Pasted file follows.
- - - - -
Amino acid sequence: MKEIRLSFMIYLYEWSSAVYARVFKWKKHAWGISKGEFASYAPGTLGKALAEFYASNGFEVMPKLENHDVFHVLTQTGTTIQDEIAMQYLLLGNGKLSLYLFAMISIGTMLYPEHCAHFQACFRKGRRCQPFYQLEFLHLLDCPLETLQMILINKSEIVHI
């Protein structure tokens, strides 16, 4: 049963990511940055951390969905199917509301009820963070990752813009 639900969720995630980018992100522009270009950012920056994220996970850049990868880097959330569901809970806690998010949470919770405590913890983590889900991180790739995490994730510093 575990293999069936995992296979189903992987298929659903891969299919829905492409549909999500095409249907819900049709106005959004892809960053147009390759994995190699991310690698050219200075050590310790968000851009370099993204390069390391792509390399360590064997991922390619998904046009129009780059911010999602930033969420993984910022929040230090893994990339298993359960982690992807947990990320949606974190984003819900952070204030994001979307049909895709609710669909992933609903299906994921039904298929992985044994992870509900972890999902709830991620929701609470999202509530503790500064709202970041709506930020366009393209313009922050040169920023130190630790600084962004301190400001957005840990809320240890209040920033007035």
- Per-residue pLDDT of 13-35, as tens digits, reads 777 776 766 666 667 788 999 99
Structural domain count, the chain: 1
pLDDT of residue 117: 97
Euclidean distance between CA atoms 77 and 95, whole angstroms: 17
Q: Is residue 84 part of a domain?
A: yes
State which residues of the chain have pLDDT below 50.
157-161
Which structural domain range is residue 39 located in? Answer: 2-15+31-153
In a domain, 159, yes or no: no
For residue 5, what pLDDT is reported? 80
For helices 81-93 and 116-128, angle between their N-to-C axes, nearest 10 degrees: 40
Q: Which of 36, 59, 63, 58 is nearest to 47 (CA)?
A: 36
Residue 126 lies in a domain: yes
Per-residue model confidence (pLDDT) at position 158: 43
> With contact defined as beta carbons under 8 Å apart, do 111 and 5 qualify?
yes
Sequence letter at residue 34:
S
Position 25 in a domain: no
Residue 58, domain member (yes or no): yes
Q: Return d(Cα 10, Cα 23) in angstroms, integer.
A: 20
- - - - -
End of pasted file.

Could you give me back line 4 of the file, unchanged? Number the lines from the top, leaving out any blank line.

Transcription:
Structural domain count, the chain: 1